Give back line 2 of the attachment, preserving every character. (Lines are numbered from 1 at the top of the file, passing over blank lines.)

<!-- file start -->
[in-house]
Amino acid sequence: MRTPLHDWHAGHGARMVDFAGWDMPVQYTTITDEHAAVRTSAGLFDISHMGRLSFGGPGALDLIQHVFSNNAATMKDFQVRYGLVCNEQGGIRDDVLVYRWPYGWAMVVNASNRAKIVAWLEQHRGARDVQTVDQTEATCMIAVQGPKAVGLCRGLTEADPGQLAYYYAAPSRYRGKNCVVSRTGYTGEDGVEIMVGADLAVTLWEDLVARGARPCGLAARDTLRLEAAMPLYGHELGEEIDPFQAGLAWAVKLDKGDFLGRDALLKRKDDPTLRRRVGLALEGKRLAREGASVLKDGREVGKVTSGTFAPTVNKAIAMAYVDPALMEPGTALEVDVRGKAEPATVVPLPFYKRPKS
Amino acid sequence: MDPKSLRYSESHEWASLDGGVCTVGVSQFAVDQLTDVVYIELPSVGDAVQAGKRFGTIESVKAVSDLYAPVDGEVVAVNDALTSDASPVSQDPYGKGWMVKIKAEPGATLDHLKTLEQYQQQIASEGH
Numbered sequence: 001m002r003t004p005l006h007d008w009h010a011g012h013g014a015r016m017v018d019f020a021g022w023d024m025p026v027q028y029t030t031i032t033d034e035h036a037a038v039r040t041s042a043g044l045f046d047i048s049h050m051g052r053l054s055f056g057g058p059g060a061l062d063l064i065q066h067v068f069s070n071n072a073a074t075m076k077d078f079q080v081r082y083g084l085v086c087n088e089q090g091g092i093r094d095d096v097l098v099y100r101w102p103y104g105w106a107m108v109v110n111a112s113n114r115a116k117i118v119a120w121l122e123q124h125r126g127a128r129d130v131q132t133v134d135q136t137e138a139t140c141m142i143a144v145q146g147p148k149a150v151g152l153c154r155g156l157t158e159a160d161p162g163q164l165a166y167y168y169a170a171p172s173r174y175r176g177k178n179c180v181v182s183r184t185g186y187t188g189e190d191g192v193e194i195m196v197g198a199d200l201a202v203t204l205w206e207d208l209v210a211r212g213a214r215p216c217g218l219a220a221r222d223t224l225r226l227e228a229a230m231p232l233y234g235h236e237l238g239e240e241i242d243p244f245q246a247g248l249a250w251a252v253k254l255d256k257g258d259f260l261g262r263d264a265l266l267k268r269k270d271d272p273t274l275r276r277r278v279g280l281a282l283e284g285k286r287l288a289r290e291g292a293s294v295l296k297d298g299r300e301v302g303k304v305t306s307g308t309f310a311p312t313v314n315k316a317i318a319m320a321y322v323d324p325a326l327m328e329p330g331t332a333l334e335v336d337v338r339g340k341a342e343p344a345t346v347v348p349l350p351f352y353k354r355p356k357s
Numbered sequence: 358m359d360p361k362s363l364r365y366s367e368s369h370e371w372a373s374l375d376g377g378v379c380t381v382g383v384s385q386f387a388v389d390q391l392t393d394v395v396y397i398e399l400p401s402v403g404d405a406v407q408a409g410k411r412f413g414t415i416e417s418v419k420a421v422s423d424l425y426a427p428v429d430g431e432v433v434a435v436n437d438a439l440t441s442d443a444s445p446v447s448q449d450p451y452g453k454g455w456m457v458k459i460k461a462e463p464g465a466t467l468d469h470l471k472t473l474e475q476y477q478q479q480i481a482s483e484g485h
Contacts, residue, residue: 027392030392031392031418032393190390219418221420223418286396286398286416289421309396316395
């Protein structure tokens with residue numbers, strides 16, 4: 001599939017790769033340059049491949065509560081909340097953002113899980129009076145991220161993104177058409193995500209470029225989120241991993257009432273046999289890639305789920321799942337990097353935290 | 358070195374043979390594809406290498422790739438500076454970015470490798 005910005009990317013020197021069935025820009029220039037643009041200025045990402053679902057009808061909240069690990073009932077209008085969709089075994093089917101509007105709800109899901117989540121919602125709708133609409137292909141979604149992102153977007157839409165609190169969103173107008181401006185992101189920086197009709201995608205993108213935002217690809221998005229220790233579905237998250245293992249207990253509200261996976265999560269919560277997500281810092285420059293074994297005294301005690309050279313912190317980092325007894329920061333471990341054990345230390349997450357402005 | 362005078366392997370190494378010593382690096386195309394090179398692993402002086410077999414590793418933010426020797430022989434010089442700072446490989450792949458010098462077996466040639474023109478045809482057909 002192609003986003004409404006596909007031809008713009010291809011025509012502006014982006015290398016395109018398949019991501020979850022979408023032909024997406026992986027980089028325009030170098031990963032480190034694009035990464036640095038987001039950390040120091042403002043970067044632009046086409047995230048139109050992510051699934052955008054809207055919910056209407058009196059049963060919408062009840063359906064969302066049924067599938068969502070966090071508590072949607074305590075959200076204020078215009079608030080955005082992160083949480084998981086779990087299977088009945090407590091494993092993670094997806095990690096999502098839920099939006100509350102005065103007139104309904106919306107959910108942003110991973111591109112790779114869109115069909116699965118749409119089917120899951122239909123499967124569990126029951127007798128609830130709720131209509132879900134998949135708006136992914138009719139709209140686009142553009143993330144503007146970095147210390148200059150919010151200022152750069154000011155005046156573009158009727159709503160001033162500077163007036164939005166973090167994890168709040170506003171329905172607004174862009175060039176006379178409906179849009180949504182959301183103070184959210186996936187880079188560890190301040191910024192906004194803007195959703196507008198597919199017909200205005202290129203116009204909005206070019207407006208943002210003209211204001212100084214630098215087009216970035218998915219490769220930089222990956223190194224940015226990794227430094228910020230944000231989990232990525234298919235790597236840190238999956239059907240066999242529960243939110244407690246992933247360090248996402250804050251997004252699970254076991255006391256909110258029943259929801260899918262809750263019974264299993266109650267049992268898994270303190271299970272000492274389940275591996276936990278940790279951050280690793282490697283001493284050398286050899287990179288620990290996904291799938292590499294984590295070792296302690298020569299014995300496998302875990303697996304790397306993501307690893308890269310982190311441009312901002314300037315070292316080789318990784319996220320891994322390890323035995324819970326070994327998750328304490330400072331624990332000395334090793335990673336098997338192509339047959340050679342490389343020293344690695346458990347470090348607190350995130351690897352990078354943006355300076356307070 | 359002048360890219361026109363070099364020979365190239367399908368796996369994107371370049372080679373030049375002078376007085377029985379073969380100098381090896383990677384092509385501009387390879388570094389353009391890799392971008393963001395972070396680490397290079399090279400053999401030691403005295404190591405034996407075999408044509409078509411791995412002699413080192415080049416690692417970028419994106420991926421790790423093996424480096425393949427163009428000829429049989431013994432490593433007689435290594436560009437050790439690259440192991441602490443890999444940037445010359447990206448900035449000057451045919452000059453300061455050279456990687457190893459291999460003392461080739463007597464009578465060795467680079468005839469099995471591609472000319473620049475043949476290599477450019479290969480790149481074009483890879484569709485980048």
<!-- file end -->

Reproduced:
Amino acid sequence: MRTPLHDWHAGHGARMVDFAGWDMPVQYTTITDEHAAVRTSAGLFDISHMGRLSFGGPGALDLIQHVFSNNAATMKDFQVRYGLVCNEQGGIRDDVLVYRWPYGWAMVVNASNRAKIVAWLEQHRGARDVQTVDQTEATCMIAVQGPKAVGLCRGLTEADPGQLAYYYAAPSRYRGKNCVVSRTGYTGEDGVEIMVGADLAVTLWEDLVARGARPCGLAARDTLRLEAAMPLYGHELGEEIDPFQAGLAWAVKLDKGDFLGRDALLKRKDDPTLRRRVGLALEGKRLAREGASVLKDGREVGKVTSGTFAPTVNKAIAMAYVDPALMEPGTALEVDVRGKAEPATVVPLPFYKRPKS